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Quote:
Originally Posted by Jase007 View Post
You CAN do it both ways ... I weighted down the car and torqued to 81 ft lbs when it was on the ground. Yes, the bushings pivot on the inner metal sleeve and against the large end washers but why run the risk of pre-loading them, even if it is a slight possibility.

The only drawback with the PF bushings is having to re-lube them every so often (in my case about 18 months).

I also hand trimmed mine for a better fit (still wider than space they need to go into) but wouldn't recommend this unless you have access to a lathe or have done this sort of work before.

Good luck.
Jason, was this on the touring? I've been considering doing mine as the only piece left on the suspension to swap out.
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  #7  
Old 09-07-2010, 06:50 PM
poolman poolman is offline
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Jase007--How do you like these bushings overall--I have a set that are sitting in my tool box --haven't taken the time to put on yet--been thinking about just replacing with the OEM part from EAC Tuning that has the heavy duty bushings--but that would be a waste of money since I already have the Power Flex---are they OK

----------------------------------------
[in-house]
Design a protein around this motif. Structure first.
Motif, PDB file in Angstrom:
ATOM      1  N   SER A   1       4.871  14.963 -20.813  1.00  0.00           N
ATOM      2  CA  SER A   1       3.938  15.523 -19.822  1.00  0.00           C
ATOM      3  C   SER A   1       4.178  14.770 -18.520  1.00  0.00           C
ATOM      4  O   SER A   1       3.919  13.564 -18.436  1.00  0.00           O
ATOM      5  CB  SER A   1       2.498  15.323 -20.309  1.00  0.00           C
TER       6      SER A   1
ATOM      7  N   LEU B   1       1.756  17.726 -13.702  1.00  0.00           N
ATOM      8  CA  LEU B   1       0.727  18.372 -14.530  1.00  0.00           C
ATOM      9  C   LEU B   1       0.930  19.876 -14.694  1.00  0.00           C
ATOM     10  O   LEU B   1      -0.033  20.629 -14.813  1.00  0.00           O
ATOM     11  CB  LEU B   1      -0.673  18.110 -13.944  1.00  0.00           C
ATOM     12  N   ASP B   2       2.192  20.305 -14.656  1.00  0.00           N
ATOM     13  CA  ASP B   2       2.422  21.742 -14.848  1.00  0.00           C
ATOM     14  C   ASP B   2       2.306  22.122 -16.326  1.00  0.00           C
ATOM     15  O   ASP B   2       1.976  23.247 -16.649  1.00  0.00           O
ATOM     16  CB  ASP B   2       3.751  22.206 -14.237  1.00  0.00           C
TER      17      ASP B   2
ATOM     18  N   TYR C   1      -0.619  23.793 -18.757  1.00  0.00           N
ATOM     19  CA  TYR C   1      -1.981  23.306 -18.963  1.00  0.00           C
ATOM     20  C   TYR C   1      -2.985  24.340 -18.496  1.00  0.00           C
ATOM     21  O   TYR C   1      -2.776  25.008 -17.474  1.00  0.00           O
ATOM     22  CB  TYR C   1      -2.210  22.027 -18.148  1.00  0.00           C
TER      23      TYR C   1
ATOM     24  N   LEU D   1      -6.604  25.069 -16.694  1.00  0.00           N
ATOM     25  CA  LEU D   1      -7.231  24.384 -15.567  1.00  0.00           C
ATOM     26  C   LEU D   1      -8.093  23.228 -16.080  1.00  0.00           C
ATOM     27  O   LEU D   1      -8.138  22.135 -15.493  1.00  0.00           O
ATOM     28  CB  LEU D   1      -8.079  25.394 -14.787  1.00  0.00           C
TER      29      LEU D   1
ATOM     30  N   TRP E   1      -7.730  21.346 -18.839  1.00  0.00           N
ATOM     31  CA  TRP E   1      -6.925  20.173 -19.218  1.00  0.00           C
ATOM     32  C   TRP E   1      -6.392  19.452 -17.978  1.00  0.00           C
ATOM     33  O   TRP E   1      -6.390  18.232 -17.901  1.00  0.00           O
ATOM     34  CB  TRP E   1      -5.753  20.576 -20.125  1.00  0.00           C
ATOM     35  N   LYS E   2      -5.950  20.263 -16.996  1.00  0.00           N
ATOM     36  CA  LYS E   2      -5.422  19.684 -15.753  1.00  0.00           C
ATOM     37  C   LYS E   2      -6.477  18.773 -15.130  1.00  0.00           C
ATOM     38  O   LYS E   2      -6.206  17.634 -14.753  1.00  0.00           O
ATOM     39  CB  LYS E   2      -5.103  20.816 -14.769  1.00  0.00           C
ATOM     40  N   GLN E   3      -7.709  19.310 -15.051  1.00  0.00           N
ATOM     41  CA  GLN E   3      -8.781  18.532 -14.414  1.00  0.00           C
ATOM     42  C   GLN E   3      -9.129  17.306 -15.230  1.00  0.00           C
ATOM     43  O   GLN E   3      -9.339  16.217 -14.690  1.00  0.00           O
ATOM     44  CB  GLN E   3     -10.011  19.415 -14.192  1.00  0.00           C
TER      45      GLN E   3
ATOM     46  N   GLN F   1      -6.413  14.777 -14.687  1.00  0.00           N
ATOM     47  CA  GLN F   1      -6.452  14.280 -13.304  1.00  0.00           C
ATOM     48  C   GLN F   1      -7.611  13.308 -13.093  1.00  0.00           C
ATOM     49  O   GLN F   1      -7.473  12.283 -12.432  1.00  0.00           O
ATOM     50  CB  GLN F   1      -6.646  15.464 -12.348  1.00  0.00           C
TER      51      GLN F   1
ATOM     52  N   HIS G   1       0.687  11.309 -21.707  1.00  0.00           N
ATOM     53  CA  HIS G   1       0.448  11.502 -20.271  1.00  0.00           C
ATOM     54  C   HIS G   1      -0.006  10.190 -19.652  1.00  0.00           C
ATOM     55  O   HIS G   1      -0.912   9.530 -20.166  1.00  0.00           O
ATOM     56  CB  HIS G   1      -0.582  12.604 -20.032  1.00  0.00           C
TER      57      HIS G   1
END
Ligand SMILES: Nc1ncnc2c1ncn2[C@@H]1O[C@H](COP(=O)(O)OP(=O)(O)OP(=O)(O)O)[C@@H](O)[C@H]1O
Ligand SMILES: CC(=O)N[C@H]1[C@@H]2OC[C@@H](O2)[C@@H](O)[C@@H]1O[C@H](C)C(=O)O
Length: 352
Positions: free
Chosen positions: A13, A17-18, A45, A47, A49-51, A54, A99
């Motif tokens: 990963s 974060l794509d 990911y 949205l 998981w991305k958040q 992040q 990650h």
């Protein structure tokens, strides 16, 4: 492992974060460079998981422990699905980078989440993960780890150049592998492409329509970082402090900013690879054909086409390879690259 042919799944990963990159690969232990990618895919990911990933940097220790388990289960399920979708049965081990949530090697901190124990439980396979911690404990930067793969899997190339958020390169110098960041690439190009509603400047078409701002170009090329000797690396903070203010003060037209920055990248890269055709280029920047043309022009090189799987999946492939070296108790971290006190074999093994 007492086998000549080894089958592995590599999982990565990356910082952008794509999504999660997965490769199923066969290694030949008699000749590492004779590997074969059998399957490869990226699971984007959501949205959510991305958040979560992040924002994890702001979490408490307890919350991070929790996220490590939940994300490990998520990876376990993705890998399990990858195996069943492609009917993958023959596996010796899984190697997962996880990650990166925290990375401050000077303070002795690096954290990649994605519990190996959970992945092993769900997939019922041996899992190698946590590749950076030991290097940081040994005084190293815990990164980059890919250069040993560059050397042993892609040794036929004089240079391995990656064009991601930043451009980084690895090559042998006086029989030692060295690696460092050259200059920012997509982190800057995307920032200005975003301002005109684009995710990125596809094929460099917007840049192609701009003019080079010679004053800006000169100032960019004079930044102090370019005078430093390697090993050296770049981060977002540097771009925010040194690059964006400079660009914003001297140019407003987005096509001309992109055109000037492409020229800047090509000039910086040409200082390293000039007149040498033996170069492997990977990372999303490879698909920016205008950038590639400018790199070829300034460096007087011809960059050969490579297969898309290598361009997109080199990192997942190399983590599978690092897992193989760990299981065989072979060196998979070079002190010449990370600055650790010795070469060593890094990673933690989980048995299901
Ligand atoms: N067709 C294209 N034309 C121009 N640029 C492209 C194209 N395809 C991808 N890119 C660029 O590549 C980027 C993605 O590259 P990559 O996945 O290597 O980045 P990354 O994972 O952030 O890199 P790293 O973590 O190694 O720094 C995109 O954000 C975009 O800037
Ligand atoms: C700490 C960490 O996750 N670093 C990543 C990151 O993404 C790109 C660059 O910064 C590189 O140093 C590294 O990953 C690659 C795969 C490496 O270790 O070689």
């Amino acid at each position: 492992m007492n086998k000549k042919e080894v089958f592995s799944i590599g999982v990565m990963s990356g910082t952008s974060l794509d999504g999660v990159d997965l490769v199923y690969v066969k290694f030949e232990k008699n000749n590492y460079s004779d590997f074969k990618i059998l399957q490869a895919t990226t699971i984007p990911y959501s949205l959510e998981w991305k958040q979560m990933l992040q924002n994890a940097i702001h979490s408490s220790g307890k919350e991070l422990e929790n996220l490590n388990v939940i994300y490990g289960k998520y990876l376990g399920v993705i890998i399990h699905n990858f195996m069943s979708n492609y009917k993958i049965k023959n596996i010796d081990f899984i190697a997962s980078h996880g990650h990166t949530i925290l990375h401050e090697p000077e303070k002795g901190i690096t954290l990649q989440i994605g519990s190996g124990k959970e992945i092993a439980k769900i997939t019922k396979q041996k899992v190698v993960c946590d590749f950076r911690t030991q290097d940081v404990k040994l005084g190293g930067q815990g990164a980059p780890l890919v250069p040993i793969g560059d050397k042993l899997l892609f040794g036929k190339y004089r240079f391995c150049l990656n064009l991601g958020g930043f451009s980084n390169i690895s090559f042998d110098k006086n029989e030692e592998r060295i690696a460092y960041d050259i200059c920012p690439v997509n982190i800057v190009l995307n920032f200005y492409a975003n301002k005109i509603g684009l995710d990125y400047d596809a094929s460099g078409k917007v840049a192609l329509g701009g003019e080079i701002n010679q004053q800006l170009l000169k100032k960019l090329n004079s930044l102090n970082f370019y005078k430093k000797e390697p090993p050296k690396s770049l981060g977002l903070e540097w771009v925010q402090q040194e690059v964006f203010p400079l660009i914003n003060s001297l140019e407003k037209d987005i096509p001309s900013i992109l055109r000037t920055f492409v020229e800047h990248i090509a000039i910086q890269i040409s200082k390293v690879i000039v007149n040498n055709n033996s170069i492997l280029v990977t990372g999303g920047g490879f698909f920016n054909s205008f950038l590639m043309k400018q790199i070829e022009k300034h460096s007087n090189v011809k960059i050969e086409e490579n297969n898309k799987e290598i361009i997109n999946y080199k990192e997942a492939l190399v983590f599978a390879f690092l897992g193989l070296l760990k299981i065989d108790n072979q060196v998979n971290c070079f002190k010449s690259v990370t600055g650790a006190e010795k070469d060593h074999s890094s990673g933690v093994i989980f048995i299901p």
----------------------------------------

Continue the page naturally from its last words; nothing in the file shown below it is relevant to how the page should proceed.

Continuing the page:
better than stock --just value your recomendation
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  #8  
Old 09-09-2010, 06:45 PM
Jase007 Jase007 is offline
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I have them on my touring.

I like them but they are "stiffer" than stock and increase steering effort a little. They are NOT a no maintenance item like the OEM or the Meyle solid HD aftermarket bushing. I just removed mine and re-lubed with copper based lubro-moly antiseize (good stuff) after about 18 months of daily use. The insides of the book-ended large metal washers had visible poly marks from the bushing rotating against it which may have been caused by my not applying enough lube at initial install or the rotating (up and down with suspension travel) of the bushings on the center metal sleeve (bolt passes through).

When you torque the bolts down to 81 ft lb (I did mine with car on the ground and weighted) the large washers on the outsides of the bushing halves compresses the poly bushings and eventually gets torqued tight to the center metal sleeve (through the bushing halves) that prevents further tightening.

Opinions on them seem to vary from absolute trash and use the Meyle non-fluid filled solid rubber ones or the OEM fluid filled ones to ... they are great.

[edit]

Michel (mmm635) posted that even after trimming his lower control arm bushings (there is a fitment interference issue inside the ears of the subframe on the 525 E39s apparently) his bump steer and other issues were never corrected. These are not the "thrust" arms or upper control arms or "bendy" arms.